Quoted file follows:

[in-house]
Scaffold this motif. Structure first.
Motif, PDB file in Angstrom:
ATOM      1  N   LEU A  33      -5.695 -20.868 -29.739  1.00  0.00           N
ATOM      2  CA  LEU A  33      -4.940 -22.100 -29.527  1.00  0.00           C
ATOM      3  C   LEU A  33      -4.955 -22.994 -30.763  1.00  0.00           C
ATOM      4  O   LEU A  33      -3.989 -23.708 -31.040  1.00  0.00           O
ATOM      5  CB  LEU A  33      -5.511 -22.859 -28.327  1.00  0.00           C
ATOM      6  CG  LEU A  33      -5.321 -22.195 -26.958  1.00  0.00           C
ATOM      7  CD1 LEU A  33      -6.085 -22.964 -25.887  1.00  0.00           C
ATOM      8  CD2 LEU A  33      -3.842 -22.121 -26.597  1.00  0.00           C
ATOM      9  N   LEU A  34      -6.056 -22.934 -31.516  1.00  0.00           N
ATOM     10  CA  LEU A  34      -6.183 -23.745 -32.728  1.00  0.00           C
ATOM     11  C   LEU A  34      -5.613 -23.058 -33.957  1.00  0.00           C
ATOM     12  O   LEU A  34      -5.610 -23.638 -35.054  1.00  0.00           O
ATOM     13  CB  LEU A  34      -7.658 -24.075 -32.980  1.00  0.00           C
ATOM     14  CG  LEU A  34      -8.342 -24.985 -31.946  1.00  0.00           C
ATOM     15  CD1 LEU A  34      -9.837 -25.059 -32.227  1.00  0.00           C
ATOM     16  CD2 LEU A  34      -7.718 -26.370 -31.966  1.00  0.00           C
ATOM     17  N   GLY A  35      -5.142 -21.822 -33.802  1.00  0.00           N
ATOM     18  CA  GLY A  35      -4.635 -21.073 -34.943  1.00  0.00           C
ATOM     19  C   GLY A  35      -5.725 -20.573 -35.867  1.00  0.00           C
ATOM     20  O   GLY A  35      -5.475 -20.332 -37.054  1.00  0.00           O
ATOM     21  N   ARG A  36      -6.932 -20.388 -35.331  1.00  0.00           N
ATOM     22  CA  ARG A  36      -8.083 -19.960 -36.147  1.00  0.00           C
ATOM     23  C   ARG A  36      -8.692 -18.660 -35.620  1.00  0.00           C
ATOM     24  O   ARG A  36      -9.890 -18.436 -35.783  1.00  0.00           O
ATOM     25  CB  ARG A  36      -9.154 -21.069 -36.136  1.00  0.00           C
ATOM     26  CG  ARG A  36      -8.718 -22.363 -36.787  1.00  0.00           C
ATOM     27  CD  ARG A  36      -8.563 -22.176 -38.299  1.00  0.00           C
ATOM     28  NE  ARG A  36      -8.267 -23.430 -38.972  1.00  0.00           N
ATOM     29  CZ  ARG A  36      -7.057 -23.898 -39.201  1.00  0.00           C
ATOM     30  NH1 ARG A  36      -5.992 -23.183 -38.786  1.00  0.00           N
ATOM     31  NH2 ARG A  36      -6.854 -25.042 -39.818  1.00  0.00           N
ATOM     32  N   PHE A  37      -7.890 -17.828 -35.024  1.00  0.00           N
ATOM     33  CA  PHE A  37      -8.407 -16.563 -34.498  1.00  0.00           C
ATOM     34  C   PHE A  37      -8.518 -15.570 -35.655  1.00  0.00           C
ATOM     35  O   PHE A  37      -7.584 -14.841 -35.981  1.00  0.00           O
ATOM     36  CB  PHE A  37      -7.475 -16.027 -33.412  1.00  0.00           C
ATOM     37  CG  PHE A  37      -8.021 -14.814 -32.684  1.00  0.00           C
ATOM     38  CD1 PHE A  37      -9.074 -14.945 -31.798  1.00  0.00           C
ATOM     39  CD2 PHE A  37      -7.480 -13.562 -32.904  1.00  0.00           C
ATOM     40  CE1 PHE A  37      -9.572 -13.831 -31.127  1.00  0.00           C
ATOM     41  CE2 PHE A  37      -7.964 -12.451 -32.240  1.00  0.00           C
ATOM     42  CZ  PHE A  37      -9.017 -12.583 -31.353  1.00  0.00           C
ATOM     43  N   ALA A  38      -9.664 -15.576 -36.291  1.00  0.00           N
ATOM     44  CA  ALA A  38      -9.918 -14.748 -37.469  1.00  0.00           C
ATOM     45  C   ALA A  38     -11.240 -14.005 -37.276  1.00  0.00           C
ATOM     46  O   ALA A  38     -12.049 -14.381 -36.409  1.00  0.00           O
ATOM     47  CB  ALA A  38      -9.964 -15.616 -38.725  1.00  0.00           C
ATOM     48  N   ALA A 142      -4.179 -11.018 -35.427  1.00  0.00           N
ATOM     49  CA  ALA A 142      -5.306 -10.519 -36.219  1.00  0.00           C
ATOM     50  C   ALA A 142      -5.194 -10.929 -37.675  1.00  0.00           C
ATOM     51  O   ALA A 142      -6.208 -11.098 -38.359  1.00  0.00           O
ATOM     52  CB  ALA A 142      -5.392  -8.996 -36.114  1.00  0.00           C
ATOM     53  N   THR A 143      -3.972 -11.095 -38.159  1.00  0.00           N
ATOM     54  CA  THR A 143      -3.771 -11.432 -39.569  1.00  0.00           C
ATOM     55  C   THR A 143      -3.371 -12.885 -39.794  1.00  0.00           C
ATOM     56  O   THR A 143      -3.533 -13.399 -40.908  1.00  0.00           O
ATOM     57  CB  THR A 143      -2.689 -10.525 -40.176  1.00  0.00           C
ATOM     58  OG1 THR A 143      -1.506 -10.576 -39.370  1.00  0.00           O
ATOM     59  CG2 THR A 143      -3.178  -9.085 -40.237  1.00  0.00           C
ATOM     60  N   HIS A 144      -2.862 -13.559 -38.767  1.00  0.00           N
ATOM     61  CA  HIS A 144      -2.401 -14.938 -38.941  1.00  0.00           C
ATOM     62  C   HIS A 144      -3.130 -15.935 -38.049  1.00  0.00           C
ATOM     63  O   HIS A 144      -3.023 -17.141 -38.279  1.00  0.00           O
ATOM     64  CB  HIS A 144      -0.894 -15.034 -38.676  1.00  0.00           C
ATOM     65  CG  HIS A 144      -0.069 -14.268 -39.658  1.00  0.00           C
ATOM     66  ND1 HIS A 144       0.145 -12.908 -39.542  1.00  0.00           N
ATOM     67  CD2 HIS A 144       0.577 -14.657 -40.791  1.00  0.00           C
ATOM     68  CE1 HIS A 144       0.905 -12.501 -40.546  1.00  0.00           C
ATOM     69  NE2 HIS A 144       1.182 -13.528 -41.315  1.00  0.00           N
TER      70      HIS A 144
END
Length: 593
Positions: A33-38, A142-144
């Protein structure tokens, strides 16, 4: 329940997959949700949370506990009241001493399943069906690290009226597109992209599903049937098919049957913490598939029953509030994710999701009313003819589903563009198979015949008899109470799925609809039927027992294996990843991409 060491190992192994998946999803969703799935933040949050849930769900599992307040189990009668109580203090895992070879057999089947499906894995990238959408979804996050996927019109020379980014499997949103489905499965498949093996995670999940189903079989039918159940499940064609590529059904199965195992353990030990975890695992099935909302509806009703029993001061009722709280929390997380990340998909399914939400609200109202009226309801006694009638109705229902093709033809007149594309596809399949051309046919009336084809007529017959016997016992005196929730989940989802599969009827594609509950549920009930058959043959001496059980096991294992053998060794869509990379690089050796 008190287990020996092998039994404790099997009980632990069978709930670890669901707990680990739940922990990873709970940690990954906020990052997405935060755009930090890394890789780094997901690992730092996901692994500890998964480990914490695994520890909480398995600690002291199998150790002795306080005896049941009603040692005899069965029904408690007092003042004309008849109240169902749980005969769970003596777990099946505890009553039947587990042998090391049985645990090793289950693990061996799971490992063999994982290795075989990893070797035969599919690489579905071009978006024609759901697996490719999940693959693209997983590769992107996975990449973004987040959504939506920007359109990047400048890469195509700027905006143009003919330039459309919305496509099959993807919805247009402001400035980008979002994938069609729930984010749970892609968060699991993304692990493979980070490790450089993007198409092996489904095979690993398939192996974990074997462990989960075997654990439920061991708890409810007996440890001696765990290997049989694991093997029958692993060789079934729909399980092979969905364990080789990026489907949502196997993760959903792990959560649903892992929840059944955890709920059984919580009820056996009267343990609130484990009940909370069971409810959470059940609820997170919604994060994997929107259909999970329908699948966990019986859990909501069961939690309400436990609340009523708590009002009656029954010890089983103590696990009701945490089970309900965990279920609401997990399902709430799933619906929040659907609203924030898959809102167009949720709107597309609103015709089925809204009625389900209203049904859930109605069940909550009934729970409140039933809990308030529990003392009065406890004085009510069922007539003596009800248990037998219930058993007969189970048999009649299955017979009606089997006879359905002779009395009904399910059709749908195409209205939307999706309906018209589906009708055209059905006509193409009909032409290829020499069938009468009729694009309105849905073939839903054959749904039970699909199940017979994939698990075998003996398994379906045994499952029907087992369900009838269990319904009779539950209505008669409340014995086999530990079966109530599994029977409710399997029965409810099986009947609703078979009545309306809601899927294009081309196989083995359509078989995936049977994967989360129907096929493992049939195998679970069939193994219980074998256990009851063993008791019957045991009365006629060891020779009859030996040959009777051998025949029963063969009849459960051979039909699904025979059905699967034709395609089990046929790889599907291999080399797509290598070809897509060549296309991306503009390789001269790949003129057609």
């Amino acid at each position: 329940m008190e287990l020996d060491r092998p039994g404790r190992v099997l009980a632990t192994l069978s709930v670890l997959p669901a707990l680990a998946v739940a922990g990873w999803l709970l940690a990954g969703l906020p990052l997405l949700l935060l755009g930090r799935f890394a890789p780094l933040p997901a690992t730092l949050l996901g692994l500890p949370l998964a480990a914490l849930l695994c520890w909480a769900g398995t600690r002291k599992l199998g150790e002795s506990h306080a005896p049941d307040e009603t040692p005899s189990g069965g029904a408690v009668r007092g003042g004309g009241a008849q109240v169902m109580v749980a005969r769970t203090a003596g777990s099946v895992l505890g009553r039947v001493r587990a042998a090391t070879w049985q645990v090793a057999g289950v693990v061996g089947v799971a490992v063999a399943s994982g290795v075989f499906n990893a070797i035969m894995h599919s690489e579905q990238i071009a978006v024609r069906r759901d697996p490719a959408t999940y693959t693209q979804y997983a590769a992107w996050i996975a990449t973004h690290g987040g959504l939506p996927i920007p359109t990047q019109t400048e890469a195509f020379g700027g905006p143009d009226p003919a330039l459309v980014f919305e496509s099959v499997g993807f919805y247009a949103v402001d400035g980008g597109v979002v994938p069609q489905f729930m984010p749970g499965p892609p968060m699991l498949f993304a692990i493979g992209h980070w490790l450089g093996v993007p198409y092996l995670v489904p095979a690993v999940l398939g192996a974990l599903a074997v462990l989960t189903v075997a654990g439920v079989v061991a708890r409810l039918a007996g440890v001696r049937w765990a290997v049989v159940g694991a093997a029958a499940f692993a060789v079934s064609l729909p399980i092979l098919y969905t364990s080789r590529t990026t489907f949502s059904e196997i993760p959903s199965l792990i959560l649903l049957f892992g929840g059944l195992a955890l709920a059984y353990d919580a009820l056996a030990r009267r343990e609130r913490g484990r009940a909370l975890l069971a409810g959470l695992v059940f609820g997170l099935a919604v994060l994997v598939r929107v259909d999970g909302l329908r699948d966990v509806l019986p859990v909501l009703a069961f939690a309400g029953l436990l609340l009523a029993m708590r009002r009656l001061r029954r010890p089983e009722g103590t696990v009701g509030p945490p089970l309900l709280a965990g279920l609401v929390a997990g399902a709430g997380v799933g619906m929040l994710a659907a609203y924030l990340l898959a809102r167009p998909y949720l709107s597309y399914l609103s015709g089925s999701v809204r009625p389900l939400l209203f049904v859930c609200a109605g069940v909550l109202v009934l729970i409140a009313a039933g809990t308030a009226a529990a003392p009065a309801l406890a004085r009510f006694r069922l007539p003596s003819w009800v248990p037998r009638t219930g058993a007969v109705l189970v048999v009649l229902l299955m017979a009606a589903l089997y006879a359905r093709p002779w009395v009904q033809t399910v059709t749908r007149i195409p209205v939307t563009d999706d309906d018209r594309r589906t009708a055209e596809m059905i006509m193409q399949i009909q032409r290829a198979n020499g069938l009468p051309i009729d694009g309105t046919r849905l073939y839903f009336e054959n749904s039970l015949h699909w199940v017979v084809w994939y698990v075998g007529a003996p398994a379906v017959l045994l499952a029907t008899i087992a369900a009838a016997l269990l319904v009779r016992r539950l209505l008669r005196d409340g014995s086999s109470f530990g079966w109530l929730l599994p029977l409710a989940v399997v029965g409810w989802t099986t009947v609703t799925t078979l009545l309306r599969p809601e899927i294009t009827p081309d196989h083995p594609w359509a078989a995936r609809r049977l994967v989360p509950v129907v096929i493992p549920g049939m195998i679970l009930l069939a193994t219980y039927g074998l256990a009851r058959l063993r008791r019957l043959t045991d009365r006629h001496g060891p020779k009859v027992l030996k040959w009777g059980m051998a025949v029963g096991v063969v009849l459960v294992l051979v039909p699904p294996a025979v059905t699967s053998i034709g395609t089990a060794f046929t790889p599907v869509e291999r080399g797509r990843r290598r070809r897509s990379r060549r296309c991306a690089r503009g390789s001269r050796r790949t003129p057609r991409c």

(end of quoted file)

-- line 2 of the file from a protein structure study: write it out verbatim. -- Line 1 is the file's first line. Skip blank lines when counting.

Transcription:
Scaffold this motif. Structure first.